We can debate the significance of the fiscal consolidation and tax system changes of that period but in hindsight I see it as a decade of recovery.

The second decade of growth?

We spent the first half on not enough - we missed opportunities in infrastructure and skills and federalism - did not much more than churn bracket creep into tax cuts - and the end result saw inflation get away in 2007.

Reform slowed, labour productivity growth slowed.

As the Intergenerational Report demonstrated, falling from 2.1 per cent during the 90s to just 1.4 per cent in the 2000s.

And we spent the second half beating the GFC.

From 2008 on we had to steer the economy away from the ditch.

And we did, we managed, government and business together, to protect jobs then and grow jobs since.

Now you only have to travel in the United States or Europe and see what we’ve gained from that.

But it was still overcoming a threat, avoiding a catastrophe, rather than seizing a new opportunity.

Our people deserve more from their leaders than to say ‘we dodged a bullet’ - as important as missing that fatal shot was.

We’ve got a chance now to do something pretty amazing.

We can turn a once in 150 year investment boom into a once in 150 year opportunity boom.

Our whole economy strong.

A strong high tech economy, a strong economy of the future.

An economy where a small manufacturer of generic pharmaceuticals has a video conference with his supplier in Delhi and Shanghai every Monday.

An economy where an engineer visiting a mine in the Pilbara doesn’t have to fly back to Perth to get in for a check up with his GP.

An economy where logging on from home isn’t more frustrating than driving to work forty minutes away.

An economy where great ideas in a digital age aren’t born in Australia and then raised in Korea or the US, they come to maturity in innovation hubs of our own.

Not just a high tech economy, a human capital economy.

Where a principal has the ability and the incentive to drive their school to perform better every year.

Where the CEOs in this room worry that their best young staff will leave and become teachers.

Where local clinicians can run the local hospital, responding to sound economic incentives created by a national efficient price for hospital services.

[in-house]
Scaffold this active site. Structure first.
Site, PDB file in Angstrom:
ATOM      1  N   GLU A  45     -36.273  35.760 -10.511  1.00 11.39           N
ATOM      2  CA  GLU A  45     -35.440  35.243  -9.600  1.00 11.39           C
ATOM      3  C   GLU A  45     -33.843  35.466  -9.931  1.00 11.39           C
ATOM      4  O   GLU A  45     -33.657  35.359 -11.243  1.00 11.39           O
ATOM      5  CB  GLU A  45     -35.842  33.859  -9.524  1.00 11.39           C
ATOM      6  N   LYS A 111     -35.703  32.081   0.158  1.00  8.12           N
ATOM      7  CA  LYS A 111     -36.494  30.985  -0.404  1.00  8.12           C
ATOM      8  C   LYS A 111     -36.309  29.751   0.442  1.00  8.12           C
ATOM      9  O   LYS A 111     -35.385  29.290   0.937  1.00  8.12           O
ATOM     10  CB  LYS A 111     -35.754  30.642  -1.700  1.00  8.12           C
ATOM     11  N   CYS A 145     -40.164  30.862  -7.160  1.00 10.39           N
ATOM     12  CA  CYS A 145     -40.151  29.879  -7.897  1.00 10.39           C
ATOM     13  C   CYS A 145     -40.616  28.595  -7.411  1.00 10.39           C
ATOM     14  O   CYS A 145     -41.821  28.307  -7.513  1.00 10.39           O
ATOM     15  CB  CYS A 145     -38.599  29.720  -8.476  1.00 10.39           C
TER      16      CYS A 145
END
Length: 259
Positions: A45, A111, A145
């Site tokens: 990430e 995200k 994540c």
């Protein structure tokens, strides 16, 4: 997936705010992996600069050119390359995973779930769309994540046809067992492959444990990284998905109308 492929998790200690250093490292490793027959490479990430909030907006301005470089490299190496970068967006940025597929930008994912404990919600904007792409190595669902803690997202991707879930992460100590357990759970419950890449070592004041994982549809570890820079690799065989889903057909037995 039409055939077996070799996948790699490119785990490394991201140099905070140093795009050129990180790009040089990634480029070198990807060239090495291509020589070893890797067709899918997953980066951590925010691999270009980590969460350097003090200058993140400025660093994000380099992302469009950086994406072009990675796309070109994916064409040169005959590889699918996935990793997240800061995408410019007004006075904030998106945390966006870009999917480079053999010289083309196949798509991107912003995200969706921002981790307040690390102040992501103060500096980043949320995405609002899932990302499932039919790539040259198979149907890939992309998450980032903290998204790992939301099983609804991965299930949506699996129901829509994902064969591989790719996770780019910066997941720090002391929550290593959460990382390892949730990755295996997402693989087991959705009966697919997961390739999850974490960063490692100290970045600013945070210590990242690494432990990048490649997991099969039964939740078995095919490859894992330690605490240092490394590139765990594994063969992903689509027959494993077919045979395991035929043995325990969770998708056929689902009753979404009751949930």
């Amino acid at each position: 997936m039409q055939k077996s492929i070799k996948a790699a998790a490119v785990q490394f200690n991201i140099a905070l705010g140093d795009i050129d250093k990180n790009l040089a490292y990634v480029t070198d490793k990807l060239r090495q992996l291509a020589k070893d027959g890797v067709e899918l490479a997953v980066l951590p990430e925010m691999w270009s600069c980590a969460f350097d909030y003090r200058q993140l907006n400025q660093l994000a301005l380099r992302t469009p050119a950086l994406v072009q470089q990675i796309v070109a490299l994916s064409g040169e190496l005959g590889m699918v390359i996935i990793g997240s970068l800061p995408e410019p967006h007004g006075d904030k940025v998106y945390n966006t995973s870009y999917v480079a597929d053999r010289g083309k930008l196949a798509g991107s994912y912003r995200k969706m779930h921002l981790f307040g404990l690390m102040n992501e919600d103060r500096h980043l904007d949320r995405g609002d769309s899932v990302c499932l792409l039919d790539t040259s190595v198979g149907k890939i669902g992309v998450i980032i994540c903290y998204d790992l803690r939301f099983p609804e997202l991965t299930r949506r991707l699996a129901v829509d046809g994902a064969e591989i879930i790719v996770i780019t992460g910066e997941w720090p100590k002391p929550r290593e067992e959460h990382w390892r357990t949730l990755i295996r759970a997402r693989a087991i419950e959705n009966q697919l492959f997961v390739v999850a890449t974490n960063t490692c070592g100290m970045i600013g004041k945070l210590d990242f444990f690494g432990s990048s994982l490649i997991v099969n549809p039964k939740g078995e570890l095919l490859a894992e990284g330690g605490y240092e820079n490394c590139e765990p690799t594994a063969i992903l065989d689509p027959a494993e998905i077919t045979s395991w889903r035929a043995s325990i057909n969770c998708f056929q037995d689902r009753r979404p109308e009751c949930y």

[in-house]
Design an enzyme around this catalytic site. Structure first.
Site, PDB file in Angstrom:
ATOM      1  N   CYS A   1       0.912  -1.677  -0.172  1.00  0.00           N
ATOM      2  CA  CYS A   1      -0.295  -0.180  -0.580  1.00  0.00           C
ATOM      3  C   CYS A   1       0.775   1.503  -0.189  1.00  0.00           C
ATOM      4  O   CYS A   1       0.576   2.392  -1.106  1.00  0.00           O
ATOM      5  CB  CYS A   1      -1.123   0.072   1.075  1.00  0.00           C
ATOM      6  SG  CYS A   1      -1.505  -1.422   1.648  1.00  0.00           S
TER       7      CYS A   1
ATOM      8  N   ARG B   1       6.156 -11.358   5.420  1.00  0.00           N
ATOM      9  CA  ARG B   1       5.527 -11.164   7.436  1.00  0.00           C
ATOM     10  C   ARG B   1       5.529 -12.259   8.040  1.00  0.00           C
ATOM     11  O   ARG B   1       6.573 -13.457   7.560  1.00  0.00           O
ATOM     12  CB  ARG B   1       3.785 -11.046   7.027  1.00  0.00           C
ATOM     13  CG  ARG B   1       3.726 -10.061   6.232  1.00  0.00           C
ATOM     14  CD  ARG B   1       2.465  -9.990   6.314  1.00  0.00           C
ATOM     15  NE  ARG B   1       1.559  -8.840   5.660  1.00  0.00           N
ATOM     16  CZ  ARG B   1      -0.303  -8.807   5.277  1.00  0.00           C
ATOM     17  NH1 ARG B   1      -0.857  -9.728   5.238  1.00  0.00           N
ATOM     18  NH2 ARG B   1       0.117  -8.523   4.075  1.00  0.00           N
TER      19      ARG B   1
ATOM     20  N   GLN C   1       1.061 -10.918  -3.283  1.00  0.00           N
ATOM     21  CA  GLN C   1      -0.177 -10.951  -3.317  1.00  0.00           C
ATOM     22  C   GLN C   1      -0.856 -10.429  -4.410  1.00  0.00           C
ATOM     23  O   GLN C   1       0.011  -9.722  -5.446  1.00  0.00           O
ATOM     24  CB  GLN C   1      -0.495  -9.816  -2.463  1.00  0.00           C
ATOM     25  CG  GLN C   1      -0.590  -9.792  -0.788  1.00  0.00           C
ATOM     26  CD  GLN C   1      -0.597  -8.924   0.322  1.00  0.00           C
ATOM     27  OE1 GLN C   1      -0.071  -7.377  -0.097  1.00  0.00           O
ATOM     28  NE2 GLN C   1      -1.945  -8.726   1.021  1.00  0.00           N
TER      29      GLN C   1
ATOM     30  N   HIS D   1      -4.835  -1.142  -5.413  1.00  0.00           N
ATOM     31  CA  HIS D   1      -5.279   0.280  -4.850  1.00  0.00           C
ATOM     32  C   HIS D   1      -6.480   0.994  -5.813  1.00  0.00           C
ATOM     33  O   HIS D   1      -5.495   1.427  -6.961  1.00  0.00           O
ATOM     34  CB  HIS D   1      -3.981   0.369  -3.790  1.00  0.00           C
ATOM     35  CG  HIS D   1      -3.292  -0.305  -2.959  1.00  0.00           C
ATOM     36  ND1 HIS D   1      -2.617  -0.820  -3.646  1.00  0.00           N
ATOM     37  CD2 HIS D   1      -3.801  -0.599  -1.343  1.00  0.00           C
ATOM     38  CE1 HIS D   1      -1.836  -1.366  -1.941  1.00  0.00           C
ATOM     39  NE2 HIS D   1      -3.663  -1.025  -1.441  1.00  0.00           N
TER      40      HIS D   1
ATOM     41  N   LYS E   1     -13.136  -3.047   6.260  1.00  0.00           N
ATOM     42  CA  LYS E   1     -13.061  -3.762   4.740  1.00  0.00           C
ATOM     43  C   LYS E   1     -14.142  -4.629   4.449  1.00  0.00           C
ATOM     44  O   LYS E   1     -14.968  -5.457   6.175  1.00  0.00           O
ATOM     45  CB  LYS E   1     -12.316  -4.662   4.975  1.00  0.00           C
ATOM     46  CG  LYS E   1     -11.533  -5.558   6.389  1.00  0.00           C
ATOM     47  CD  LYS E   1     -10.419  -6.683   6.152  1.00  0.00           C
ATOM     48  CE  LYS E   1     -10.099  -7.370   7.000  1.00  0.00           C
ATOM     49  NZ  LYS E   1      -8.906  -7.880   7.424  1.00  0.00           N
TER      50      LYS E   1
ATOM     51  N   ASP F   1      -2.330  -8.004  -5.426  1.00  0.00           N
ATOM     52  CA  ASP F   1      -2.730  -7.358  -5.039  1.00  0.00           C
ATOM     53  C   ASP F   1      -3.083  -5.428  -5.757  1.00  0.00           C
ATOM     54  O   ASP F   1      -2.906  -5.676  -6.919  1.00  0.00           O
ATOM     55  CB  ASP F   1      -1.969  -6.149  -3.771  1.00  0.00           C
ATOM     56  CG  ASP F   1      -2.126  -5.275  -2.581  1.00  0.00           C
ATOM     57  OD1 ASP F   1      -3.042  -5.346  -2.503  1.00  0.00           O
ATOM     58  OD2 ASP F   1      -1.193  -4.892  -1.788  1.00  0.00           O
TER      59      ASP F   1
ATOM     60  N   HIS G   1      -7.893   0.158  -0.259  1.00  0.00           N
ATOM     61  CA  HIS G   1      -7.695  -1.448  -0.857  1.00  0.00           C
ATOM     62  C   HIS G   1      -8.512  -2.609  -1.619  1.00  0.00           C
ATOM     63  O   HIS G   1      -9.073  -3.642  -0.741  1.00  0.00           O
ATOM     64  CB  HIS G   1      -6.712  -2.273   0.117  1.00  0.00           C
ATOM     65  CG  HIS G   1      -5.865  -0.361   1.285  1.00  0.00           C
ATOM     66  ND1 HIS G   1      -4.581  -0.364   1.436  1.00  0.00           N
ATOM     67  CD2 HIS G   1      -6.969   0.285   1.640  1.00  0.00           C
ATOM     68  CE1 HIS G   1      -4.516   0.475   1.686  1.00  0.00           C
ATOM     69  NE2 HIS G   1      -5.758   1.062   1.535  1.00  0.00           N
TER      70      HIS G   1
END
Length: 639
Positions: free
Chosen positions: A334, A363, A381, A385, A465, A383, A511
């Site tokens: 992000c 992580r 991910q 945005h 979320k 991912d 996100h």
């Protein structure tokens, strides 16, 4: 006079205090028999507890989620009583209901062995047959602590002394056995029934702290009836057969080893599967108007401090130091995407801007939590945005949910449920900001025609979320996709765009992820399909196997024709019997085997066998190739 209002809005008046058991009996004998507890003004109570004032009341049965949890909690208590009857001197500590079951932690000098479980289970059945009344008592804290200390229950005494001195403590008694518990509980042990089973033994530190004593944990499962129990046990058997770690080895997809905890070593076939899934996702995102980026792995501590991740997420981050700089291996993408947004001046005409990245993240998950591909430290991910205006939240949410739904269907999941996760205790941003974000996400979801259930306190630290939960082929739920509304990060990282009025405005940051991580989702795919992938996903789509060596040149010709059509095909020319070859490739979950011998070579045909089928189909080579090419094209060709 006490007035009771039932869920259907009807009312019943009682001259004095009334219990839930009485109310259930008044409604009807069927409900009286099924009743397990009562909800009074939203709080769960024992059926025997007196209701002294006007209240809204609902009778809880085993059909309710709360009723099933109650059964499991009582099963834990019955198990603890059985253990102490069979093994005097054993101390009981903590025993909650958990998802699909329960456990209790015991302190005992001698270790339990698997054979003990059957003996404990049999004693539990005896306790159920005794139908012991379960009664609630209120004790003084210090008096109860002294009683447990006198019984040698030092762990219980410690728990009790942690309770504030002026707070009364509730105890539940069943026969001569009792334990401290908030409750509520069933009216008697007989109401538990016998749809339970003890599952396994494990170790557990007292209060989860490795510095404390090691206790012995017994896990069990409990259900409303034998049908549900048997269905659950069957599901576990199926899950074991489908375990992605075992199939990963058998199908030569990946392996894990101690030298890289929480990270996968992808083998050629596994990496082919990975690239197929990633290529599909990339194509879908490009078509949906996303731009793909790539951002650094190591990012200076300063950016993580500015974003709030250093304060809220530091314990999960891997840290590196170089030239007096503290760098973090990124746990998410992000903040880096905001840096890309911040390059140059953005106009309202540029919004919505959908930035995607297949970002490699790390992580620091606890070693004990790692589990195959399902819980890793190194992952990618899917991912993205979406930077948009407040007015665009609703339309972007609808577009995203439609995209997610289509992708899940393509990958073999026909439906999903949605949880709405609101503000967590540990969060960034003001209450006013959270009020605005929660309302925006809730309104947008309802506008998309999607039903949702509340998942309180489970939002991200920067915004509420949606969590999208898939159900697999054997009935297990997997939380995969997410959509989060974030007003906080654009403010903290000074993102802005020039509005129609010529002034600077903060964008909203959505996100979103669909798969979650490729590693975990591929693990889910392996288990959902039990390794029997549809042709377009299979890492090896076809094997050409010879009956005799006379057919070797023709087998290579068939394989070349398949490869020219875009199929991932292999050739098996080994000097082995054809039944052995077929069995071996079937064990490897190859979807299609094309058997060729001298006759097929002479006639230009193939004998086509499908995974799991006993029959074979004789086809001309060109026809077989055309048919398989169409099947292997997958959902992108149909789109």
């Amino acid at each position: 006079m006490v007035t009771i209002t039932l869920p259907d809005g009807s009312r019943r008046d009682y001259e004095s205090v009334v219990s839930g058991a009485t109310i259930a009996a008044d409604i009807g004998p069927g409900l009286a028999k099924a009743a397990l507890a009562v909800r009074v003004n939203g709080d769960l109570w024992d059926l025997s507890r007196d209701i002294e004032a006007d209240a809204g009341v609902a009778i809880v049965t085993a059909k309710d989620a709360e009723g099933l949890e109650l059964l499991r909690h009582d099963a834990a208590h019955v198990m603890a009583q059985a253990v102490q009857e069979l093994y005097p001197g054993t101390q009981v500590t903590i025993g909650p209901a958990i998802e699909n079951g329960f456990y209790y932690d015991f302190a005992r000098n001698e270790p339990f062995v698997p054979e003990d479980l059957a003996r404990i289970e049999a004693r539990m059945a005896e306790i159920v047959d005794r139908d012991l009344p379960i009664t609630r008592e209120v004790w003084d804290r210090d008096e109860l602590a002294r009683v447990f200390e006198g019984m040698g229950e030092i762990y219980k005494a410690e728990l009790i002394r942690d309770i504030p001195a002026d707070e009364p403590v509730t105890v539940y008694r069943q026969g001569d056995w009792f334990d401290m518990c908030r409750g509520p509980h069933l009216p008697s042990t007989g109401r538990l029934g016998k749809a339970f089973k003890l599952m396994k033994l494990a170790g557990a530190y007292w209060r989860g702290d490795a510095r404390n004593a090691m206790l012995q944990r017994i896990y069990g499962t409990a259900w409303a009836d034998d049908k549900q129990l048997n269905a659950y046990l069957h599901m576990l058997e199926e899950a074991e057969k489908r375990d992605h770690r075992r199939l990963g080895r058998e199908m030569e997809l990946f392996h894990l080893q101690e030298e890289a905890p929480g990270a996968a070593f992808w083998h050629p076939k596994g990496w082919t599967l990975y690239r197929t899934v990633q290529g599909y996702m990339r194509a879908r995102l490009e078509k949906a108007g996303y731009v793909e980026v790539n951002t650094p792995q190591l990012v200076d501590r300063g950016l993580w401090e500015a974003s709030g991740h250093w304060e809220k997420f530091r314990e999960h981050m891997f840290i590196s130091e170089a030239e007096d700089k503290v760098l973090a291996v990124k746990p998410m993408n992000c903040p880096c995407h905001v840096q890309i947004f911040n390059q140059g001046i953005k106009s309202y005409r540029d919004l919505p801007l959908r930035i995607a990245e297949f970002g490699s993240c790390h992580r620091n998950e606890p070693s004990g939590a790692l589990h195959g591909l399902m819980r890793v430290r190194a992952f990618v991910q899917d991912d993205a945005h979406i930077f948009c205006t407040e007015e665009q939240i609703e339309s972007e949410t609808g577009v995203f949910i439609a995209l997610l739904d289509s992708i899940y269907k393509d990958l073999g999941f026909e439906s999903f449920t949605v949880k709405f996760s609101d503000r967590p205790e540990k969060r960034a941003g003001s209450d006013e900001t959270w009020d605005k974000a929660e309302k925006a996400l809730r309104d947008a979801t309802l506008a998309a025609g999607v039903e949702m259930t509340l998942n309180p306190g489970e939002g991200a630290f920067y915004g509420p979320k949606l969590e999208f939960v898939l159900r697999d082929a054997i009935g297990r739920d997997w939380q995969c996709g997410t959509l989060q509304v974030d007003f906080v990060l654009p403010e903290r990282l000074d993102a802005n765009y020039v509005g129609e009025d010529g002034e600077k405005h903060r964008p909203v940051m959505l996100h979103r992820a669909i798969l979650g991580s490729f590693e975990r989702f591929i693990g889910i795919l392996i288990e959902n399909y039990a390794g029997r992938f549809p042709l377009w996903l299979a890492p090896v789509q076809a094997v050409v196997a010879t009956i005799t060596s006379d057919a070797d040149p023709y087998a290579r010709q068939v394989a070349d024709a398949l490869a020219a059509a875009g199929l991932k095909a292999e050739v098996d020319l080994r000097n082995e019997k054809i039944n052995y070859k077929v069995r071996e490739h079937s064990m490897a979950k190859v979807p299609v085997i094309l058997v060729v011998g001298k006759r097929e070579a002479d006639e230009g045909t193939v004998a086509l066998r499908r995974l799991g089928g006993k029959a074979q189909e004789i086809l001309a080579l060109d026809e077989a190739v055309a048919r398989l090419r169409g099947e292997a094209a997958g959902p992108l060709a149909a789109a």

Where industry wants to invest in the skills system because their needs are at the heart of it, where it’s always worth sending staff away for more training and where newly trained workers can do the jobs you need them for.

A seamless, national economy.

An economy where to run a national business you don’t need eight different law firms on retainer.

Like our national transport regulation to harmonise trucking industry laws and charges across state borders.

Like our harmonised occupational health and safety regulations across Australia.

An economy where carbon finally has a price, an economy which has decoupled economic growth from emissions growth, where the new capital which flows to energy-efficient economies flows to us.

The whole economy strong.

Not to fall to boom and bust, not to let inflation get away, not to see mining choked off by shortages in skills and infrastructure, not to see non-mining unable to compete in the world as part of a strong currency economy.

And in turn, if we can have the kind of economy we want, it will pay for the kind of society we hope for.

We can spread the opportunities that a strong economy creates. To all, not some.

This the big thing for our nation now.

This fantastic opportunity to use these years to fundamentally change the way opportunity works in this country.

To make these years when we change our culture of work and spread the benefits of work to people who have been locked out of it, when we change our education system and stop leaving poor kids at the back of the class as if no one can fix that.

To make these years when we remake how we experience what it is to be Australian.

In a window in our history when we can reshape how we distribute opportunity in this society.

When a once in 150 year investment boom can become a once in 150 year opportunity boom

We should, we can, I believe we will.

I believe the reform road can lead to a new Australian experience.

To years of prosperity and opportunity like none we have known before.


But only the reform road gets us there.

Only if walk it together, only if we walk it every day.

I have no doubt we can.

We would be mad at this moment to go back to the old politics of Fraserism, of the 1970s, to lose sight of the reform road.

Everyone here tonight is better than that.

And millions of Australians need us to be.

I’ll do my part to be sure we are.

I’m sure you will too.

The reform road can lead to a new Australian experience.

Now let’s have a conversation about how to walk it together.